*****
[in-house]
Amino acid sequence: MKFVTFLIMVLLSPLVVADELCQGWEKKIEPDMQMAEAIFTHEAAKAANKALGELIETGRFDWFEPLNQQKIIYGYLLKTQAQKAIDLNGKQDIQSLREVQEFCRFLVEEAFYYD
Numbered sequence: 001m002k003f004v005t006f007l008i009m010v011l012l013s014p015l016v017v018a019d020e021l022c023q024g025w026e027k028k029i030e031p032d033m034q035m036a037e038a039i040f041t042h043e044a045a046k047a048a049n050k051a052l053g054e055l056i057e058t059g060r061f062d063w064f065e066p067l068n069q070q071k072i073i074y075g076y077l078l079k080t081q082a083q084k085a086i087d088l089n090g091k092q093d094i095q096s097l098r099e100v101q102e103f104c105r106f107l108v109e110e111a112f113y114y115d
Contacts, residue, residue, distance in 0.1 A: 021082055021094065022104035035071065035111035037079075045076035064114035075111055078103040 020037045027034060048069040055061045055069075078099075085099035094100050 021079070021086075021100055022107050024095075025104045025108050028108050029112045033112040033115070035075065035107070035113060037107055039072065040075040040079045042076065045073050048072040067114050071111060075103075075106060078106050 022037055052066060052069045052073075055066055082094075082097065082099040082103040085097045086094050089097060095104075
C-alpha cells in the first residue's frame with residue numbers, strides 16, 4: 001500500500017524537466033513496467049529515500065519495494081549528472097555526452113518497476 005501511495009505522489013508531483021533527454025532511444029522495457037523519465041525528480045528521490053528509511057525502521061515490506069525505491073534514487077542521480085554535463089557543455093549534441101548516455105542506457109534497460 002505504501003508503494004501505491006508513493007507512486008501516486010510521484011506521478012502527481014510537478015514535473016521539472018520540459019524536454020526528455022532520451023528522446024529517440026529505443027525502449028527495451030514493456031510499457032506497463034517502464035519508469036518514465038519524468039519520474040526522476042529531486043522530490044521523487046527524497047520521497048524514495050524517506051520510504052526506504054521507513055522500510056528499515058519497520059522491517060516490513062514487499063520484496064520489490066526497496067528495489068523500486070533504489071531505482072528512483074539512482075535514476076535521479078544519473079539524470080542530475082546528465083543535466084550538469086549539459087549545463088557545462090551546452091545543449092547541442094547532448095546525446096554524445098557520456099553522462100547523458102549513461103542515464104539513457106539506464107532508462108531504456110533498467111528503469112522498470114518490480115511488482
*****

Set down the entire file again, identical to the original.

[in-house]
Amino acid sequence: MKFVTFLIMVLLSPLVVADELCQGWEKKIEPDMQMAEAIFTHEAAKAANKALGELIETGRFDWFEPLNQQKIIYGYLLKTQAQKAIDLNGKQDIQSLREVQEFCRFLVEEAFYYD
Numbered sequence: 001m002k003f004v005t006f007l008i009m010v011l012l013s014p015l016v017v018a019d020e021l022c023q024g025w026e027k028k029i030e031p032d033m034q035m036a037e038a039i040f041t042h043e044a045a046k047a048a049n050k051a052l053g054e055l056i057e058t059g060r061f062d063w064f065e066p067l068n069q070q071k072i073i074y075g076y077l078l079k080t081q082a083q084k085a086i087d088l089n090g091k092q093d094i095q096s097l098r099e100v101q102e103f104c105r106f107l108v109e110e111a112f113y114y115d
Contacts, residue, residue, distance in 0.1 A: 021082055021094065022104035035071065035111035037079075045076035064114035075111055078103040 020037045027034060048069040055061045055069075078099075085099035094100050 021079070021086075021100055022107050024095075025104045025108050028108050029112045033112040033115070035075065035107070035113060037107055039072065040075040040079045042076065045073050048072040067114050071111060075103075075106060078106050 022037055052066060052069045052073075055066055082094075082097065082099040082103040085097045086094050089097060095104075
C-alpha cells in the first residue's frame with residue numbers, strides 16, 4: 001500500500017524537466033513496467049529515500065519495494081549528472097555526452113518497476 005501511495009505522489013508531483021533527454025532511444029522495457037523519465041525528480045528521490053528509511057525502521061515490506069525505491073534514487077542521480085554535463089557543455093549534441101548516455105542506457109534497460 002505504501003508503494004501505491006508513493007507512486008501516486010510521484011506521478012502527481014510537478015514535473016521539472018520540459019524536454020526528455022532520451023528522446024529517440026529505443027525502449028527495451030514493456031510499457032506497463034517502464035519508469036518514465038519524468039519520474040526522476042529531486043522530490044521523487046527524497047520521497048524514495050524517506051520510504052526506504054521507513055522500510056528499515058519497520059522491517060516490513062514487499063520484496064520489490066526497496067528495489068523500486070533504489071531505482072528512483074539512482075535514476076535521479078544519473079539524470080542530475082546528465083543535466084550538469086549539459087549545463088557545462090551546452091545543449092547541442094547532448095546525446096554524445098557520456099553522462100547523458102549513461103542515464104539513457106539506464107532508462108531504456110533498467111528503469112522498470114518490480115511488482